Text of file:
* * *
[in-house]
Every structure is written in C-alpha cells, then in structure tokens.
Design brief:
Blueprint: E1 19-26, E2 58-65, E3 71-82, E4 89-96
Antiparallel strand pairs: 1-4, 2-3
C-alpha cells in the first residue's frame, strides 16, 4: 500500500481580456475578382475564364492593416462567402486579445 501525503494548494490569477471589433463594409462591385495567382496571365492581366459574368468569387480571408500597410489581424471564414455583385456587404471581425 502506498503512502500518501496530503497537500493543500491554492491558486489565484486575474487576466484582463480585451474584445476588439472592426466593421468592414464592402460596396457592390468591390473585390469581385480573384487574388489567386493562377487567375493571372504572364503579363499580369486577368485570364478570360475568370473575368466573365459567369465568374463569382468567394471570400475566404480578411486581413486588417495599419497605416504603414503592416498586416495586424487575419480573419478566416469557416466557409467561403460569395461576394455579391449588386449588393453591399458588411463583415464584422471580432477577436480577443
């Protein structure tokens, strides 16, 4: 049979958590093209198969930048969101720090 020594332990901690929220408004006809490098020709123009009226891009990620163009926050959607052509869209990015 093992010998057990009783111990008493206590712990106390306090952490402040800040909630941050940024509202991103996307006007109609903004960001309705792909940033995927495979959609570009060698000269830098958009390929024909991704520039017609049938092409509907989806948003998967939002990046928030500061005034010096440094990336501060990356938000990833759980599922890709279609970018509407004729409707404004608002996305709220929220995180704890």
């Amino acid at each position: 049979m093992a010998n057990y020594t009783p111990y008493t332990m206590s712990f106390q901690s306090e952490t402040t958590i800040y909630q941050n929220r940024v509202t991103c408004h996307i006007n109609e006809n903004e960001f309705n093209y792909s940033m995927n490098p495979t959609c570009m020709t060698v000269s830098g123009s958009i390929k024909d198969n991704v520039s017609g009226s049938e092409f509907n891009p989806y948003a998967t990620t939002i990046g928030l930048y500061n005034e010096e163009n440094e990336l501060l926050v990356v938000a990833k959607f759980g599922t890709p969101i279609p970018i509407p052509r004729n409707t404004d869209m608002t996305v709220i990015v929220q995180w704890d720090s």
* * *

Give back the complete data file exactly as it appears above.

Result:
[in-house]
Every structure is written in C-alpha cells, then in structure tokens.
Design brief:
Blueprint: E1 19-26, E2 58-65, E3 71-82, E4 89-96
Antiparallel strand pairs: 1-4, 2-3
C-alpha cells in the first residue's frame, strides 16, 4: 500500500481580456475578382475564364492593416462567402486579445 501525503494548494490569477471589433463594409462591385495567382496571365492581366459574368468569387480571408500597410489581424471564414455583385456587404471581425 502506498503512502500518501496530503497537500493543500491554492491558486489565484486575474487576466484582463480585451474584445476588439472592426466593421468592414464592402460596396457592390468591390473585390469581385480573384487574388489567386493562377487567375493571372504572364503579363499580369486577368485570364478570360475568370473575368466573365459567369465568374463569382468567394471570400475566404480578411486581413486588417495599419497605416504603414503592416498586416495586424487575419480573419478566416469557416466557409467561403460569395461576394455579391449588386449588393453591399458588411463583415464584422471580432477577436480577443
């Protein structure tokens, strides 16, 4: 049979958590093209198969930048969101720090 020594332990901690929220408004006809490098020709123009009226891009990620163009926050959607052509869209990015 093992010998057990009783111990008493206590712990106390306090952490402040800040909630941050940024509202991103996307006007109609903004960001309705792909940033995927495979959609570009060698000269830098958009390929024909991704520039017609049938092409509907989806948003998967939002990046928030500061005034010096440094990336501060990356938000990833759980599922890709279609970018509407004729409707404004608002996305709220929220995180704890």
């Amino acid at each position: 049979m093992a010998n057990y020594t009783p111990y008493t332990m206590s712990f106390q901690s306090e952490t402040t958590i800040y909630q941050n929220r940024v509202t991103c408004h996307i006007n109609e006809n903004e960001f309705n093209y792909s940033m995927n490098p495979t959609c570009m020709t060698v000269s830098g123009s958009i390929k024909d198969n991704v520039s017609g009226s049938e092409f509907n891009p989806y948003a998967t990620t939002i990046g928030l930048y500061n005034e010096e163009n440094e990336l501060l926050v990356v938000a990833k959607f759980g599922t890709p969101i279609p970018i509407p052509r004729n409707t404004d869209m608002t996305v709220i990015v929220q995180w704890d720090s």